The holiday season is upon us, and just as it brings in thoughts of good cheer, hot mugs of cocoa and time spent with friends and family, so, too, does it bring an increase in cyber-attacks. In fact, in past years, security firms have reported a 150% increase in DDoS attacks alone, between the summer months and the end of the year.

What makes the holidays such an enticing time for hackers is pretty clear – the combination of reduced staff, increased vacations and significant upticks in eCommerce and mobile commerce make this time of year too attractive for cyber-criminals to pass up.

Many companies feel the increased attacks anecdotally, but aren’t aware of how enticing their systems are this time of year, how big the threat has become or what to do to protect themselves.

Like a Present with a Big Red Bow

There are a number of reasons why the holidays present the perfect time for hacking efforts to ramp up. First and foremost is the increased number of targets created by eCommerce and, more recently, mCommerce.

Retail stores are no stranger to increased sales volume over the last 6 weeks of the year. This year alone, the National Retail Federation predicts a 3.6% increase in sales over 2015, totaling almost $656 billion in sales in November and December.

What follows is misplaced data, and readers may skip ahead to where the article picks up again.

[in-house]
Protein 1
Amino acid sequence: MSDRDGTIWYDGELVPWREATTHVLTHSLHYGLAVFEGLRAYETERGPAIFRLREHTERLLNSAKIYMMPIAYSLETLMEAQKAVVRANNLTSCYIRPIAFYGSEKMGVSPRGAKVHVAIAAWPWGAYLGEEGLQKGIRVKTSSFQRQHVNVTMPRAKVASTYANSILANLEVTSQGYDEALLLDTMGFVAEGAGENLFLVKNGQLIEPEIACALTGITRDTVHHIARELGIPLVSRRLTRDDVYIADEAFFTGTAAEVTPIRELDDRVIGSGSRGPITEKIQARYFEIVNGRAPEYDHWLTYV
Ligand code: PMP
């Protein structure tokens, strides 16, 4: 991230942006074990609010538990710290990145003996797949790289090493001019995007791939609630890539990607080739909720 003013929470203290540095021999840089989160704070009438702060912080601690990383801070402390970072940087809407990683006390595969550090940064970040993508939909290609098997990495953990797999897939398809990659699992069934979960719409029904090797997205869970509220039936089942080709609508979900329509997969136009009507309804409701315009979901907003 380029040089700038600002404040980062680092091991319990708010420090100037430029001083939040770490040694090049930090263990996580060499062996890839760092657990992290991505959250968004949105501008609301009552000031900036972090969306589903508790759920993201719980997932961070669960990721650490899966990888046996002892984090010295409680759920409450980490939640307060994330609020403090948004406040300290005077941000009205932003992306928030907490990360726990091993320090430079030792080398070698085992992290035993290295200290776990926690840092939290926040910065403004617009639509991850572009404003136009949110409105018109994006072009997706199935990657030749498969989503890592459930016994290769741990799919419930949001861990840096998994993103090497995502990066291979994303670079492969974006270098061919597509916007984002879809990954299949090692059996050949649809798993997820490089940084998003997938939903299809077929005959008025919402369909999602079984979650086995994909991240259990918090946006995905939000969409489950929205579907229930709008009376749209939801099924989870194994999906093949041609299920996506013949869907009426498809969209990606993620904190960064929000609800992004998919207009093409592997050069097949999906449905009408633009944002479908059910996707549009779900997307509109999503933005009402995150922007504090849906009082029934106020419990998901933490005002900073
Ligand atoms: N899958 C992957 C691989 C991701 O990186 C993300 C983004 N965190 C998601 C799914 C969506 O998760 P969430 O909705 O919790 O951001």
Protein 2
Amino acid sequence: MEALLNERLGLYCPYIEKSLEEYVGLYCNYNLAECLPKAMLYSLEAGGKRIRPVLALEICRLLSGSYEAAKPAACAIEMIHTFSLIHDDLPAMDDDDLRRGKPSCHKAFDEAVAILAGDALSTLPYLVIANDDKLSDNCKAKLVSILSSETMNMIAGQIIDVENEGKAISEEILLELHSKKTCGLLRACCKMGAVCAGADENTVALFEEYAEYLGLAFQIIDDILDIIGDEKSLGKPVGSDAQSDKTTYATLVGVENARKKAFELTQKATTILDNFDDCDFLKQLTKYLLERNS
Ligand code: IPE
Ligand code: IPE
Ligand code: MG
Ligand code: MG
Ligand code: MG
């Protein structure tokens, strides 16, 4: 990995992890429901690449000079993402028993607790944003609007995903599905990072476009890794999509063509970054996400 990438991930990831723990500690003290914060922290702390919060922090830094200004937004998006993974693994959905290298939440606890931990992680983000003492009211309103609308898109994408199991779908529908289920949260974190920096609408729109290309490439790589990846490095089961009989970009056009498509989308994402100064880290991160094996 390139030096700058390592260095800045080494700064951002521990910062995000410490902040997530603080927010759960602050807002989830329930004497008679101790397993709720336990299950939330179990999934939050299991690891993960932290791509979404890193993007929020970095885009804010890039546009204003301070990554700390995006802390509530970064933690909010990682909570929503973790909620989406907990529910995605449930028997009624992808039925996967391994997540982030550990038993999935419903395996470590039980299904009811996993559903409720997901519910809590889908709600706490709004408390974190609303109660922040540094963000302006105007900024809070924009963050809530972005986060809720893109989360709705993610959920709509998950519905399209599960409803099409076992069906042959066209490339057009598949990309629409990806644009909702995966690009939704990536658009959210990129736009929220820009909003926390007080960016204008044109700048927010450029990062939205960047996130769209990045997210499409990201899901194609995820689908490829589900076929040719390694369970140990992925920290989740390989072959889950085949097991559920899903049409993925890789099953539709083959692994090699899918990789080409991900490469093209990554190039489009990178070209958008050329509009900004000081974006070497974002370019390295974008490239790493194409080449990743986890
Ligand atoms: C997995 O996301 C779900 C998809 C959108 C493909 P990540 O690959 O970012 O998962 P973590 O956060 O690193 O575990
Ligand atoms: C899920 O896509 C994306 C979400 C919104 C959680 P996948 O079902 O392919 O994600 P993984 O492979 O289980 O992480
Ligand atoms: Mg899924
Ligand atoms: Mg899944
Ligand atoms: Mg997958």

And with more and more consumers opting to shop online instead of waiting in line, the number of targets has increased for any number of attacks, from DDoS to phishing and spoofing. eMarketer predicts an even rosier holiday season for retailers – with sales closer to $885 billion – and predicts that almost 11% of that will be from eCommerce, or $94.7 billion in sales, the largest eCommerce share to date.

But eCommerce isn’t the only area that can see an increase in attacks over the end of year holidays. In fact, those companies that aren’t involved in retail – which typically has blackout periods for taking vacations – see significant increases in the number of employees out during the holidays. This leaves enterprise organizations with a skeleton crew to identify and mitigate potential cyber attacks.